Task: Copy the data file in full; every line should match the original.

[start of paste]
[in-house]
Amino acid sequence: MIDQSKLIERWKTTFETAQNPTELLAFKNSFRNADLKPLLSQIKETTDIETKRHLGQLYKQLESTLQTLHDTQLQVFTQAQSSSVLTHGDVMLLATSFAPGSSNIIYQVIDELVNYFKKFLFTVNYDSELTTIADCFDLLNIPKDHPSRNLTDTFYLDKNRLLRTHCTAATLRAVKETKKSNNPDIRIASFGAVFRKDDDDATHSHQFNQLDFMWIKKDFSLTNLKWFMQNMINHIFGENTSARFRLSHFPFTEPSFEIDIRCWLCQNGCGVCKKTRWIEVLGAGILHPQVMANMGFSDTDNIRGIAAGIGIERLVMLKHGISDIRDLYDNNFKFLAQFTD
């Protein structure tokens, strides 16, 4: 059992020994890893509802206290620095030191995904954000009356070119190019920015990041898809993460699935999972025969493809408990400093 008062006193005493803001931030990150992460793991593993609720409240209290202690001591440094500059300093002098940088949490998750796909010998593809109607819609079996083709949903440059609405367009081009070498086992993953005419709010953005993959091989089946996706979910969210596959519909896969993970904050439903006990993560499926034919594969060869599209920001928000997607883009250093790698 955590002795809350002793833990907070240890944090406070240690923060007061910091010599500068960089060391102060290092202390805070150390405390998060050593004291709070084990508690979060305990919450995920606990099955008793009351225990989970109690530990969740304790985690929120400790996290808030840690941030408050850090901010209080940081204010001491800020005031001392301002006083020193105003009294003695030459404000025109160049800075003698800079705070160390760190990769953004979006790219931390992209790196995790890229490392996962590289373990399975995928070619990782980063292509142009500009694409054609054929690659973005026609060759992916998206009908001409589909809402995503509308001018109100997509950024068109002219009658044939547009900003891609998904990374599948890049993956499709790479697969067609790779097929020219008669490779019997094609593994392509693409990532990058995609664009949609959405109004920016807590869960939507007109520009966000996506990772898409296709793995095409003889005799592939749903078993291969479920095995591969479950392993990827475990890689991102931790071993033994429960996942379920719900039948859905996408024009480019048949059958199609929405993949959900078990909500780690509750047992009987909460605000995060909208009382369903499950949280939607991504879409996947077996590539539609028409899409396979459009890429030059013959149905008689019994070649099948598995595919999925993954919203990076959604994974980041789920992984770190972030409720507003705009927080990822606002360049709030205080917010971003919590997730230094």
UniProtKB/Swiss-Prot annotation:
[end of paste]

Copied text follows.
[in-house]
Amino acid sequence: MIDQSKLIERWKTTFETAQNPTELLAFKNSFRNADLKPLLSQIKETTDIETKRHLGQLYKQLESTLQTLHDTQLQVFTQAQSSSVLTHGDVMLLATSFAPGSSNIIYQVIDELVNYFKKFLFTVNYDSELTTIADCFDLLNIPKDHPSRNLTDTFYLDKNRLLRTHCTAATLRAVKETKKSNNPDIRIASFGAVFRKDDDDATHSHQFNQLDFMWIKKDFSLTNLKWFMQNMINHIFGENTSARFRLSHFPFTEPSFEIDIRCWLCQNGCGVCKKTRWIEVLGAGILHPQVMANMGFSDTDNIRGIAAGIGIERLVMLKHGISDIRDLYDNNFKFLAQFTD
């Protein structure tokens, strides 16, 4: 059992020994890893509802206290620095030191995904954000009356070119190019920015990041898809993460699935999972025969493809408990400093 008062006193005493803001931030990150992460793991593993609720409240209290202690001591440094500059300093002098940088949490998750796909010998593809109607819609079996083709949903440059609405367009081009070498086992993953005419709010953005993959091989089946996706979910969210596959519909896969993970904050439903006990993560499926034919594969060869599209920001928000997607883009250093790698 955590002795809350002793833990907070240890944090406070240690923060007061910091010599500068960089060391102060290092202390805070150390405390998060050593004291709070084990508690979060305990919450995920606990099955008793009351225990989970109690530990969740304790985690929120400790996290808030840690941030408050850090901010209080940081204010001491800020005031001392301002006083020193105003009294003695030459404000025109160049800075003698800079705070160390760190990769953004979006790219931390992209790196995790890229490392996962590289373990399975995928070619990782980063292509142009500009694409054609054929690659973005026609060759992916998206009908001409589909809402995503509308001018109100997509950024068109002219009658044939547009900003891609998904990374599948890049993956499709790479697969067609790779097929020219008669490779019997094609593994392509693409990532990058995609664009949609959405109004920016807590869960939507007109520009966000996506990772898409296709793995095409003889005799592939749903078993291969479920095995591969479950392993990827475990890689991102931790071993033994429960996942379920719900039948859905996408024009480019048949059958199609929405993949959900078990909500780690509750047992009987909460605000995060909208009382369903499950949280939607991504879409996947077996590539539609028409899409396979459009890429030059013959149905008689019994070649099948598995595919999925993954919203990076959604994974980041789920992984770190972030409720507003705009927080990822606002360049709030205080917010971003919590997730230094």
UniProtKB/Swiss-Prot annotation: